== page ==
Evaluation of products obtained from oxidative degradation of (1-3) (1-4)-β-d-glucan

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Title: Evaluation of products obtained from oxidative degradation of (1-3) (1-4)-β-d-glucan
Author: Sun, Yuting
Contributor: University of Helsinki, Faculty of Agriculture and Forestry, Department of Food and Environmental Sciences
Publisher: Helsingfors universitet
Date: 2015
Language: eng
URI: http://urn.fi/URN:NBN:fi:hulib-201512144001
Thesis level: master's thesis
Discipline: Food Science
Food Science
Food Science
Abstract: Cereal β-glucan is a water-soluble cell wall polysaccharide, which has positive health effects on humans. Oxidative Degradation of β-glucan may occur during food processing, leading to the loss in physiological functionality of β-glucan. Oxidative degradation can result in cleavages of polysaccharide chain, the formation of oxidised functional groups (e.g. carbonyls) along the chain or the release of carboxylic acids (e.g. formic acid). In the case of β-glucan, chain scission and the formation of oxidised functional groups due to hydroxyl-radical induced oxidation has been shown, but the identification of released carboxylic acids has not been done. The aim was therefore to study the oxidation pathway of β-glucan, by analysing its degradation products. The focus was the release of carboxylic acids, especially formic acid. The change in molecular structure of β-glucan after the release of formic acid was also analysed. Barley β-glucan water solutions were oxidised with H2O2 and ascorbic acid at different concentrations (5, 10, 40, 70 mM), in the presence of 1 mM FeSO4·7H2O. Samples were collected on 1, 2 and 4 days and formic acid was analysed using formic acid assay kit. To evaluate the structure of oxidised β-glucan, part of the samples underwent reduction to convert any carbonyl groups back to hydroxyl groups. The oligosaccharide composition and monosaccharide composition of samples were then analysed. Results showed that formic acid was formed in H2O2 treated β-glucan and its content was positively correlated with H2O2 concentration in the presence of Fe2+. Formic acid was also formed in ascorbic acid treated β-glucan but an obvious increase in formic acid content at increased ascorbic acid concentration was not observed. Formic acid accumulated in β-glucan solution over time. Monosaccharide composition showed that samples were mainly composed of glucose. In H2O2 treated β-glucan, however, an additional component was observed which was identified to be arabinose. Arabinose was reduced by reducing agent, indicating that arabinose was formed at the reducing end of oxidised β-glucan. The content of arabinose increased with increasing H2O2 concentration, which was concomitant with a decreasing glucose content. Arabinose content decreased from oxidation day 1 to day 4. Oxidative degradation of β-glucan is proposed to proceed progressively, with random chain scission and degradation of the reducing ends. Formic acid was released due to oxidation and arabinose was formed at the reducing end. As oxidation proceeded, we suggest that the reducing end unit was degraded stepwise to release formic acid. Formic acid is demonstrated to be the oxidation product of β-glucan for the first time. The released formic acid was well related to the degree of oxidation induced by H2O2 and Fe2+. Therefore, formic acid can be used as an indicator for the oxidation of β-glucan induced by H2O2 and Fe2+.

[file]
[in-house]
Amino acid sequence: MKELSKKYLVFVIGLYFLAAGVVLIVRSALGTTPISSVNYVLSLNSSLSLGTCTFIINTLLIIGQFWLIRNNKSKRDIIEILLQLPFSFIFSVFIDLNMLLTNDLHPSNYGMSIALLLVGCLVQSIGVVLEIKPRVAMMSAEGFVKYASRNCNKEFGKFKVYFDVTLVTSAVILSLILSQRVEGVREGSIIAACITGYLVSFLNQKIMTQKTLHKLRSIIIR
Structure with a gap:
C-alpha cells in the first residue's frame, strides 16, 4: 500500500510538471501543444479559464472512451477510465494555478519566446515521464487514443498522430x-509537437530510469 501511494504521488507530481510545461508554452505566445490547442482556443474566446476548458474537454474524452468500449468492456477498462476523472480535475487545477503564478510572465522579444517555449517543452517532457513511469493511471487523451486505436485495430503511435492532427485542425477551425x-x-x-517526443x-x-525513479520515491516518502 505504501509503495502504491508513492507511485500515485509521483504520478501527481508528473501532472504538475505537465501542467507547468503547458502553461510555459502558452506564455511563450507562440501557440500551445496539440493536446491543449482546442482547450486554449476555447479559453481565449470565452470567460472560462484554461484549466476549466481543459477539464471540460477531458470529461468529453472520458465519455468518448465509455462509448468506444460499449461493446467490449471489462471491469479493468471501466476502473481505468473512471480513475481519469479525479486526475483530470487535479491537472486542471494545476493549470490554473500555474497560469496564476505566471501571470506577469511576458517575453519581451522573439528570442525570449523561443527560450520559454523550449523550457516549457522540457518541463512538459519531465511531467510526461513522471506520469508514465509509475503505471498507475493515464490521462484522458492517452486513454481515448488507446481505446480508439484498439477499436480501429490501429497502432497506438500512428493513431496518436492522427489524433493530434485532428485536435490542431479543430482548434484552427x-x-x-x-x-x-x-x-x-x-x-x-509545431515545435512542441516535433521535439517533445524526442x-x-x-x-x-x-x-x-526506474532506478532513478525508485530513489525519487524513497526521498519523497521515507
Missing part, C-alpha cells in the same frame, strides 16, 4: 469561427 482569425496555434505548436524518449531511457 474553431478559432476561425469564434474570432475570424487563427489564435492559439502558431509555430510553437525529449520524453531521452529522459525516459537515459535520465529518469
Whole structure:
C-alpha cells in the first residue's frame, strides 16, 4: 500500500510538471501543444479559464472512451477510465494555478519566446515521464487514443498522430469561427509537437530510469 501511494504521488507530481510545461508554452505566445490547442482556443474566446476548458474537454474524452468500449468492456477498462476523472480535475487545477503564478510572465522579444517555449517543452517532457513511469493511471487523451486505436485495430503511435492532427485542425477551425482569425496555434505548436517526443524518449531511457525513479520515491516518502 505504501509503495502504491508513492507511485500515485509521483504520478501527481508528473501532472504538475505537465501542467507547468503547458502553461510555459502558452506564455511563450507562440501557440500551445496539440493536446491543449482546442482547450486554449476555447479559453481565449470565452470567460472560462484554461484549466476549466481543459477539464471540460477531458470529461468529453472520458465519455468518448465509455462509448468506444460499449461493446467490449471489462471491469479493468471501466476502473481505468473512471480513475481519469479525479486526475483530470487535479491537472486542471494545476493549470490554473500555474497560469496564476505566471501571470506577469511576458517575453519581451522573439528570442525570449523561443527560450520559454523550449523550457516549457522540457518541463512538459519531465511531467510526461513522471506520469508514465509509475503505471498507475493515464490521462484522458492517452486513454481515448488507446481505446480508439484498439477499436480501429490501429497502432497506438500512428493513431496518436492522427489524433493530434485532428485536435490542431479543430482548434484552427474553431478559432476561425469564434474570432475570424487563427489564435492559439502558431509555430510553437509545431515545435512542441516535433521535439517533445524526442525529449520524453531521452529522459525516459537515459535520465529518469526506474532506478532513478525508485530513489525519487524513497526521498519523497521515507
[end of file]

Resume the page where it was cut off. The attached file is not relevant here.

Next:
Subject: cereal β-glucan
oxidation products
formic acid

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